• Structural theories  Regard society as constraining and shaping the beliefs, values, and patterns of behaviour of social groups  Functionalist theory proposed a view of society in which the various parts worked together fairly harmoniously .  Parsons identified illness as dysfunctional for the smooth running of society because he argued that sick people are not able to fulfill their normal social role
  • Social action theories  to understand subjective meanings, with social action forming a product of how individuals interpret the world and interact with others on the basis of these meanings.  comprise different theoretical positions, most notably those of symbolic interactionism, phenomenology, ethnomethodology, and social constructionism
  • Sociological methods Quantitative Qualitative View of the world Social reality exists as objective, Social reality is subjectively measurable phenomena, external to the interpreted and experienced individual (positivism) (interpretive) Logic of enquiry Deductive based on testing formal hypotheses to establish causal relationships Inductive reasoning with understanding of social processes derived from data Research Quantitative, with sample design selection, data collection, and analyses based on scientific procedures and ensuring repeatability and generalizable results Qualitative, based on detailed study of social processes of groups of interest to elicit interpretations and responses Validity Corresponds to subjective reality; other terms include trustworthiness credibility, plausibility Corresponds to an objective reality
  • Research designs in sociology  Ethnography: observing the social structure and local culture of small groups  Participatory action research (PAR) and user involvement: participatory, democracy and its contribution for science and local change.  Mixed methods: quantitative and qualitative approaches to achieve a broader understanding and avoid weakness
  • Areas of sociological investigation
  • Examples for applications of social interventions Meanings and identity  Biographical disruption  Suffering and loss of self  Adaptation and self-management  Sociology and place  Food choices and physical exercise  Social capital 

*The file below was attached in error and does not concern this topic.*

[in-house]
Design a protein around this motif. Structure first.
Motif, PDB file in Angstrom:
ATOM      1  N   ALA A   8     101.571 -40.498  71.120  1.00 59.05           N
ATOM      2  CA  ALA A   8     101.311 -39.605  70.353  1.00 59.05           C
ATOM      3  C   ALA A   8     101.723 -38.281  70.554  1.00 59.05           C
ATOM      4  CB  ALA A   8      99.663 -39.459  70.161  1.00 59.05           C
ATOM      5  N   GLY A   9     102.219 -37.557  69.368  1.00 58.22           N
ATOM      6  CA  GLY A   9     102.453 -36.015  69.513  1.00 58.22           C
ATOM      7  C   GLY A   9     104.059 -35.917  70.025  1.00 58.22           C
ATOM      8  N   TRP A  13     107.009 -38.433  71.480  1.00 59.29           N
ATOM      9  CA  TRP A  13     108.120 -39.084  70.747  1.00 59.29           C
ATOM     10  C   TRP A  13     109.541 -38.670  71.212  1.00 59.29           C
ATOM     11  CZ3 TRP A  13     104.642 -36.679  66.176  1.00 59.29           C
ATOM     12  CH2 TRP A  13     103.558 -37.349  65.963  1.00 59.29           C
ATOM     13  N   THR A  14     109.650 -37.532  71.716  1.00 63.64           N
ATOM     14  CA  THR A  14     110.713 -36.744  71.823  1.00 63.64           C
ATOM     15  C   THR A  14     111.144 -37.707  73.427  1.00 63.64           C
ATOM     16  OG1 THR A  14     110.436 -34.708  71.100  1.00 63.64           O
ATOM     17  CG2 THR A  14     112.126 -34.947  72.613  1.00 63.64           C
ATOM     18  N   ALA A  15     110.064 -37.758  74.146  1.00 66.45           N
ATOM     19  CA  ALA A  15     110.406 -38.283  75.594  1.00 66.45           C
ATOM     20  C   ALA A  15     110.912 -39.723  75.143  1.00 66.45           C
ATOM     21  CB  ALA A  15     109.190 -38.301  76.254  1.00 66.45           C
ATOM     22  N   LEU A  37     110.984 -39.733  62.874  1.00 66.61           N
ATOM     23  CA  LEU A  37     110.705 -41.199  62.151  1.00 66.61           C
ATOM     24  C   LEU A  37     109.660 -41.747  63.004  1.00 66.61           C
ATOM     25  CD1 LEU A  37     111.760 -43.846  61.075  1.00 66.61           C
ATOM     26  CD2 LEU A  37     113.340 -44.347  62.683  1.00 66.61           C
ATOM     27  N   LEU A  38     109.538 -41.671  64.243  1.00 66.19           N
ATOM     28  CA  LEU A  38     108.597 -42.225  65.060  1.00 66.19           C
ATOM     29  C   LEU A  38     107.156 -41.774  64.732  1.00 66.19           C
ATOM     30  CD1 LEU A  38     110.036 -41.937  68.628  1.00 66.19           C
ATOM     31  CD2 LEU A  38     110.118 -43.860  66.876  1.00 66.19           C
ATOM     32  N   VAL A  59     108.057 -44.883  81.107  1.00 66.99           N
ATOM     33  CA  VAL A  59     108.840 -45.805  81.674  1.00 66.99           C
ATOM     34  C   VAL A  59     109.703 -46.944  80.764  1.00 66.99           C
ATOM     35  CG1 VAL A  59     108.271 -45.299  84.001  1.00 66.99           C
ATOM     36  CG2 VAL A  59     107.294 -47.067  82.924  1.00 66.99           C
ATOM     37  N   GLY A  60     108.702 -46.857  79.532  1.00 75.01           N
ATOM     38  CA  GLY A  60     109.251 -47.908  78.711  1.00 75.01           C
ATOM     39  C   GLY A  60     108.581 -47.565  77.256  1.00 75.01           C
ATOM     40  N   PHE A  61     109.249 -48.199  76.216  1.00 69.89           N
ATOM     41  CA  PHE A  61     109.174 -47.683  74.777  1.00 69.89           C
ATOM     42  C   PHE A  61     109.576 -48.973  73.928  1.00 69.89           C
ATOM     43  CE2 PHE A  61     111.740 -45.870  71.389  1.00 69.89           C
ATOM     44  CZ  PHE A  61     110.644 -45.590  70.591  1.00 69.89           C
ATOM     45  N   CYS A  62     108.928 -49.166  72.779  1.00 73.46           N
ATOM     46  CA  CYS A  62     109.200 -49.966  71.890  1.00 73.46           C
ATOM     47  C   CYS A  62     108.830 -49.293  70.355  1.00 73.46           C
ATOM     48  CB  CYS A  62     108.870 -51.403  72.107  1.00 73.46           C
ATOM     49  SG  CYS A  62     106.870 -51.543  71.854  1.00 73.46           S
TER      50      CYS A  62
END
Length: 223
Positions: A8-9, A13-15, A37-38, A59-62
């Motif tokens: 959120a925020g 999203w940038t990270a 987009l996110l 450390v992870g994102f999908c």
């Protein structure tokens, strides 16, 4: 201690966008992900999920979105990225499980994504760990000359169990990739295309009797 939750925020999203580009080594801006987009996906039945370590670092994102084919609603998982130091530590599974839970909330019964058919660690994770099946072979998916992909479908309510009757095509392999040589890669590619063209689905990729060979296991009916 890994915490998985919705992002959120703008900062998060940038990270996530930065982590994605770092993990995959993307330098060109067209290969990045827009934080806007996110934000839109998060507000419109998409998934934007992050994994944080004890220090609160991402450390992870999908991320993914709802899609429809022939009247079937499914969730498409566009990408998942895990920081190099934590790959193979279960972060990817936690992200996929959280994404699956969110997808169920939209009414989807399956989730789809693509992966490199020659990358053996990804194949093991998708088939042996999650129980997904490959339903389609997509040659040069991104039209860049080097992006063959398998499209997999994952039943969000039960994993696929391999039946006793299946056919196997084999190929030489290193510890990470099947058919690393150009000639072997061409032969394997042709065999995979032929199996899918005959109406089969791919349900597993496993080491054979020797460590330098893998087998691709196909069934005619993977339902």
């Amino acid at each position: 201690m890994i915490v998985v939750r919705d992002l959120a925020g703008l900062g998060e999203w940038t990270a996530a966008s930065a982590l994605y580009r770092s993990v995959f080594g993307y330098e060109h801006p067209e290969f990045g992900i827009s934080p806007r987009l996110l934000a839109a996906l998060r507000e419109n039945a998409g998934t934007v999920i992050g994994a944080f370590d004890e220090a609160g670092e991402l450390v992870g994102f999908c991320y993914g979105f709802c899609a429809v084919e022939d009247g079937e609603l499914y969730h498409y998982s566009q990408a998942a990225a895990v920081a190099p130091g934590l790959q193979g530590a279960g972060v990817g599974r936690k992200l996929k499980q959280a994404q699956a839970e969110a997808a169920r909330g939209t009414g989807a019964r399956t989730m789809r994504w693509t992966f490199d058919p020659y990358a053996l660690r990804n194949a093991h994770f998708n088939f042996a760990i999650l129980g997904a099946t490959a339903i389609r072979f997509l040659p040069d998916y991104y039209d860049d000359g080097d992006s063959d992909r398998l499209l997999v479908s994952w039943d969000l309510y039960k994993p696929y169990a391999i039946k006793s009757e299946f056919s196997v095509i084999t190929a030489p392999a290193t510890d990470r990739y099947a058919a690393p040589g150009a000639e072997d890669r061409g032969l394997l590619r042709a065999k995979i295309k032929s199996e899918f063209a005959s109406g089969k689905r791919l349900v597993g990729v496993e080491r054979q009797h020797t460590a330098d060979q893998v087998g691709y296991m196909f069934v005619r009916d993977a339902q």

• Psychology in public health  Psychological theories recently focus on mental health through the work of clinical psychologists and their interest in problems such as anxiety, depression, psychosis, and phobias.  The role of psychological factors extent to understanding physical health problems and is most studied within the field of health psychology.
  • So, how dose psychology contribute in health problems? and what are areas of psychology in public health?
  • The various roles of psychology
  • Psychological theories
  • Psychological models
  • Health Belief Model (HBM)  It was developed initially by Rosenstock (1966) and further by Becker and colleagues throughout the 1970s and 1980s (Becker & Rosenstock 1987)  The HBM predicts that behaviour is a result of a set of core beliefs.  Behaviour is predicted by beliefs in: Susceptibility and severity of illness; the costs and benefit involved in carrying out the behaviour; cues to action, which may be internal or external; health motivation, and perceived control
  • Theory of Planned Behavior (TPB)  The TPB proposes that behavioural intentions (‘plans of action in pursuit of behavioural goals’) are a result of the following beliefs (Ajzen 1988) : -Attitude towards a behaviour -subjective norm -perceived behavioural control (internal & external)